The big pluck: Part Two
Continuing from Part One.
So yes. Cyril Lim of Seng Gardens did take up the offer and on 19th November 2007, work started on digging trenches around the base of the red palms.
It took days to dig those approximately one-foot deep trenches around the palms.
Apparently, the trenches were essential to reduce shock experienced by the roots of the red palms, thus improving chances of survival during the whole transplantation process.
By somewhat shortening it’s network of extended roots, the red palms were left for about two months to adapt to it’s new state, deprived of much of it’s root system.
So our garden was left in a mess with trenches around the palms and unearthed soil everywhere for two months. Sometimes the trenches would fill up with water and we’d have mini-ponds in the garden. xD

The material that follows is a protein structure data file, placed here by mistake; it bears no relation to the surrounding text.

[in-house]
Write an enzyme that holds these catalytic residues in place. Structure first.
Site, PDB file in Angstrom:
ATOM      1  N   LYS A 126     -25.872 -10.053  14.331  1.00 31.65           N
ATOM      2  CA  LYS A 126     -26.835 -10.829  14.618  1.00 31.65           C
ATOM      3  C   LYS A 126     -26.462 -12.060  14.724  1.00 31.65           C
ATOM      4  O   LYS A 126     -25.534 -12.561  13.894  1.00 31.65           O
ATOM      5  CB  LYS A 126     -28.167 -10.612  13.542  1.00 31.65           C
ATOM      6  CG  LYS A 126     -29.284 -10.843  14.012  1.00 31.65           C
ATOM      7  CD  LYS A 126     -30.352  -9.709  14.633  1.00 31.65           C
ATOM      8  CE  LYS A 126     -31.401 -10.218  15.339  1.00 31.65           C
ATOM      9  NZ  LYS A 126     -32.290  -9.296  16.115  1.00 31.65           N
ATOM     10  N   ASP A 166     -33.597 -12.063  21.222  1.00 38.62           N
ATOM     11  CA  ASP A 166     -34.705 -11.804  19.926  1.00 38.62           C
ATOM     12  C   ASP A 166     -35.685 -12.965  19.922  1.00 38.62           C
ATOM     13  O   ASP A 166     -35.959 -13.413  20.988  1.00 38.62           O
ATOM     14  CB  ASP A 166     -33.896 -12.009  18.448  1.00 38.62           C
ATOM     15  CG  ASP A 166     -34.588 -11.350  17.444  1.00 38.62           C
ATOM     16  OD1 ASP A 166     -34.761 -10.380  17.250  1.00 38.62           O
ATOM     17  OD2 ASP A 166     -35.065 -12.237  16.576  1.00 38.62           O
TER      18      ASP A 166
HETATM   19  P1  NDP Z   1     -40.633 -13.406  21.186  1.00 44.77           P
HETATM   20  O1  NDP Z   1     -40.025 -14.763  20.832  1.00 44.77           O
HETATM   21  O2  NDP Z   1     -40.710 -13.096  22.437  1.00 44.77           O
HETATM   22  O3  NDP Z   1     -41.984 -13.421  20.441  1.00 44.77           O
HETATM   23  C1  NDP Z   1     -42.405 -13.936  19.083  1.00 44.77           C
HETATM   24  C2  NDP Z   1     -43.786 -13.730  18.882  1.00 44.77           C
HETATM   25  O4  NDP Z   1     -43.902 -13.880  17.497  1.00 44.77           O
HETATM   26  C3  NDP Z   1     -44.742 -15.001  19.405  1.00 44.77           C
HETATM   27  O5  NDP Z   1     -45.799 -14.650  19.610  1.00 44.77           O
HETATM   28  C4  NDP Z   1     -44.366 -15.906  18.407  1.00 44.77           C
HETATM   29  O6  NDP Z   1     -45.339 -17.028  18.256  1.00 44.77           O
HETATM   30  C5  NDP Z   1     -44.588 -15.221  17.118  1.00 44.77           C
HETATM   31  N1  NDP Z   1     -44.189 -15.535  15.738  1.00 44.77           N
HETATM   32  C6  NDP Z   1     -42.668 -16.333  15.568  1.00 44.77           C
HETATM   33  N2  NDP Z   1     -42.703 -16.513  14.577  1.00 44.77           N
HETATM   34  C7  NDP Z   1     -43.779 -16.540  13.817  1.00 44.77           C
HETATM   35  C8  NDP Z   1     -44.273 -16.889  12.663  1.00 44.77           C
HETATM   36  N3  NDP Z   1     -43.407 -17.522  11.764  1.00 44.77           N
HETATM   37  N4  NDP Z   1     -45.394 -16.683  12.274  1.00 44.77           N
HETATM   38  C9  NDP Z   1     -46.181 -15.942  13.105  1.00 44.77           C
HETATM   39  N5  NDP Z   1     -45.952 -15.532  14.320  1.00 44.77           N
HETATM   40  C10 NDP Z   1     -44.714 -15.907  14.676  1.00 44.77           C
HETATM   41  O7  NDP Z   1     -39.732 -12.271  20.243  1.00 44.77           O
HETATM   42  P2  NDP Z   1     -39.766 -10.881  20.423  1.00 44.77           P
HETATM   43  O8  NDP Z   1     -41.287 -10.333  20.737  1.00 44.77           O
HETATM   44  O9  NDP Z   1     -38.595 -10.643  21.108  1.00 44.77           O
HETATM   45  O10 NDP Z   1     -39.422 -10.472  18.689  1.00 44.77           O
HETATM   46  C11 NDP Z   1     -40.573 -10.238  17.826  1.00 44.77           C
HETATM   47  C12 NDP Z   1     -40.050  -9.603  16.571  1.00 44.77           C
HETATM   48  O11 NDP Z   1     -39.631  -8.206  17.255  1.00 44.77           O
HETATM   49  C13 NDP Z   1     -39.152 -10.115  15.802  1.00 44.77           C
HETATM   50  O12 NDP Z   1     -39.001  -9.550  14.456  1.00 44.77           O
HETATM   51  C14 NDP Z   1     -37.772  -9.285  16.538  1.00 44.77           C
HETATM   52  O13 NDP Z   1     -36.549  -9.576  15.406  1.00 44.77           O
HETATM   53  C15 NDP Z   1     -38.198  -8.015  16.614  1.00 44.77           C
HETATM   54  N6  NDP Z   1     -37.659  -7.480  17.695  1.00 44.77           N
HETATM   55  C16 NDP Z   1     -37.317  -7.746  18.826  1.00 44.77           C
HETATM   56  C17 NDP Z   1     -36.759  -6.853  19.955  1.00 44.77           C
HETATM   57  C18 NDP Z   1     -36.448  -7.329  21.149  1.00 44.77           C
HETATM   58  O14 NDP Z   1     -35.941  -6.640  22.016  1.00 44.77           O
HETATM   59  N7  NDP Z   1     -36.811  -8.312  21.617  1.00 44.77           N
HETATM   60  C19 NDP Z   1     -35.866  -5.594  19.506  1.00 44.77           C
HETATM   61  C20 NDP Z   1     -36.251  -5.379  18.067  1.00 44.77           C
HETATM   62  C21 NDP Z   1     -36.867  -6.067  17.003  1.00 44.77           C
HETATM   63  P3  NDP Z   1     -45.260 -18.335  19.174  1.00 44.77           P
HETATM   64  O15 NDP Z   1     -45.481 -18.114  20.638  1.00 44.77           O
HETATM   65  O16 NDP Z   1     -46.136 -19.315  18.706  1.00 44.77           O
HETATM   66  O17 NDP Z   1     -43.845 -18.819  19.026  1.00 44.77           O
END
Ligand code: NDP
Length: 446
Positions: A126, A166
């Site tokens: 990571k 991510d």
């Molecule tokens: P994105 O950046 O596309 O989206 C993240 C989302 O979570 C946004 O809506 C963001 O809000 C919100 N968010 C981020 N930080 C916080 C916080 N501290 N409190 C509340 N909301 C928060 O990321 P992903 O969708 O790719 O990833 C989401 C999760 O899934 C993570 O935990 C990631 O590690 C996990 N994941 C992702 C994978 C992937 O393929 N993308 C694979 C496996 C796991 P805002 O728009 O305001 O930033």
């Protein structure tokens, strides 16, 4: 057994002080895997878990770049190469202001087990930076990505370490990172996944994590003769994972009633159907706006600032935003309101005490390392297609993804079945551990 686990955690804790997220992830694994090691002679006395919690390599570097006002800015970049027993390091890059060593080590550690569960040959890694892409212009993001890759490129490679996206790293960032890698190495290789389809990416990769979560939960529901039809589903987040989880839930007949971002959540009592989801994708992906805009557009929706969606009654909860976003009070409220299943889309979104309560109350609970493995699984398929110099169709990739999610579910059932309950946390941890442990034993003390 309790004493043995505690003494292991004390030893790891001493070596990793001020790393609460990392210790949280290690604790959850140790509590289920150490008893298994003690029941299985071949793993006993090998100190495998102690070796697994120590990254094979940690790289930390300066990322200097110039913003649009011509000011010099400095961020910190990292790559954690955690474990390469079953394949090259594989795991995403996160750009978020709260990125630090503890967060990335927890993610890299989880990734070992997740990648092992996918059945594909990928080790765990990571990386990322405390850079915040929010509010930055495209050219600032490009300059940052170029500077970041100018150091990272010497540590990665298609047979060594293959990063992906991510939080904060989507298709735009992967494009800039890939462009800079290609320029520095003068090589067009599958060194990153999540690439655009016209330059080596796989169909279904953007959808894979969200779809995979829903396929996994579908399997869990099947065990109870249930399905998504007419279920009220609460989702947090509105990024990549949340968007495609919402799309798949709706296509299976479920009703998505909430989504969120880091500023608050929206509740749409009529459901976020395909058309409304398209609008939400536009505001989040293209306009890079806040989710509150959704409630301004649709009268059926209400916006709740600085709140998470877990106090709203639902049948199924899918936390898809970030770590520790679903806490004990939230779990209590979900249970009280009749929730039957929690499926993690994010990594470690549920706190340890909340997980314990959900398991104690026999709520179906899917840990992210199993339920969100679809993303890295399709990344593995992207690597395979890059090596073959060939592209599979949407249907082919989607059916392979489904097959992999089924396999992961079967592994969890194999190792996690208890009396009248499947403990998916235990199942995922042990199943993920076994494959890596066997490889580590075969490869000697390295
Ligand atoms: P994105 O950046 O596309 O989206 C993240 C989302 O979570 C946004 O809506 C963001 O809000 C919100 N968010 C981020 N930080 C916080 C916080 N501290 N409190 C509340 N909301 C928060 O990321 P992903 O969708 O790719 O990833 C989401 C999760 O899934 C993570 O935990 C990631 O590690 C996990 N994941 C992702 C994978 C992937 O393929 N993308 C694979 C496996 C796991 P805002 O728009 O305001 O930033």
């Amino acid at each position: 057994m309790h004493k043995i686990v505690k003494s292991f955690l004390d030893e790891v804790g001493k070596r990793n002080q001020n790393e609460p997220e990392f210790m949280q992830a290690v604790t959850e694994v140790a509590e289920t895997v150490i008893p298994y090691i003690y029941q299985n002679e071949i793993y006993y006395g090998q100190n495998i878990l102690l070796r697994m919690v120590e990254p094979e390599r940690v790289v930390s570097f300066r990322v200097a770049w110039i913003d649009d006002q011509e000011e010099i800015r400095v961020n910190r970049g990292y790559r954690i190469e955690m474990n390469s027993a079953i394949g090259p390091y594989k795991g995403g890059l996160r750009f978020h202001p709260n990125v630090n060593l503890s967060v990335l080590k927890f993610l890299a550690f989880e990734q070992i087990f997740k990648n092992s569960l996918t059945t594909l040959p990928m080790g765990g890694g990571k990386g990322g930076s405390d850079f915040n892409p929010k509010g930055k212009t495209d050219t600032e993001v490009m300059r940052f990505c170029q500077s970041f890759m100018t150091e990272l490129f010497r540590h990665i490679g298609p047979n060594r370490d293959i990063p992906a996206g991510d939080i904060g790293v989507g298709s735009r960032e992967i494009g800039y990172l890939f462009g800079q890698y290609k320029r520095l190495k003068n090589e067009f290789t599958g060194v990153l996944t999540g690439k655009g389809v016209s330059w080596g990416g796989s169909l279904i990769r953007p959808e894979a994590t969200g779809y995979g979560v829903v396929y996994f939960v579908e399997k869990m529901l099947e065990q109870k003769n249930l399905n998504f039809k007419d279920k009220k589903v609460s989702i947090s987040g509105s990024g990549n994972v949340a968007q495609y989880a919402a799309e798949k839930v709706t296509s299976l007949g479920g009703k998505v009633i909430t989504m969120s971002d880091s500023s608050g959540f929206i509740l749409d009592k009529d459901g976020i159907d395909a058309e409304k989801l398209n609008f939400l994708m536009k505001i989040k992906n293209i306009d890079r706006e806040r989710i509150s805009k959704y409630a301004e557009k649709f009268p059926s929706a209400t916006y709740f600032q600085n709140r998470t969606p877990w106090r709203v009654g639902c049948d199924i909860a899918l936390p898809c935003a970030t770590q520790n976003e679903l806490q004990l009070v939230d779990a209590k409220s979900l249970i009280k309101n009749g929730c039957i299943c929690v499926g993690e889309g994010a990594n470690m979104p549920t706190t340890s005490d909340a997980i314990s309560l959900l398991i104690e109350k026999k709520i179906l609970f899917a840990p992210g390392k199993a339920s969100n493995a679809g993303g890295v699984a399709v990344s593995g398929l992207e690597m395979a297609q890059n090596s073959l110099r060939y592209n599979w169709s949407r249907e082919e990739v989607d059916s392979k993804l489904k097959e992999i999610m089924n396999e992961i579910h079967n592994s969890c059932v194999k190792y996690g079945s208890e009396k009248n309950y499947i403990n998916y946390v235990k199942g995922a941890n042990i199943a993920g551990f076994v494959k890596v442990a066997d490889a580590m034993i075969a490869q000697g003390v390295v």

We savoured the last few weeks with the palms until early January 2008 when it was time to finally begin lifting of the palms.
The day before the scheduled lift on 18th January, the red palms started to have its leaves turn yellow. And I mean really yellow. =\
A viable explanation was that the lack of rain for the past few days might have dehydrated the palms.
If you’d ask me, I say that they look rather pretty..but the fact is that they weren’t doing well and my dad had worries that Cyril might not want them anymore since chances of survival would be less.
The big day.
18th of January came after all. The eight towering red palms in our garden who had been with us for 5 years are scheduled to go.
The labours from Seng Garden arrived already early in the morning to further dig the trenches to enable easier lifting later in the day. I went for lectures that morning, feeling uneasy, and having last looks at the palms around my house.
When I came back from campus later that day, this huge beast at our doorstep greeted me.
Part 3, anyone? xD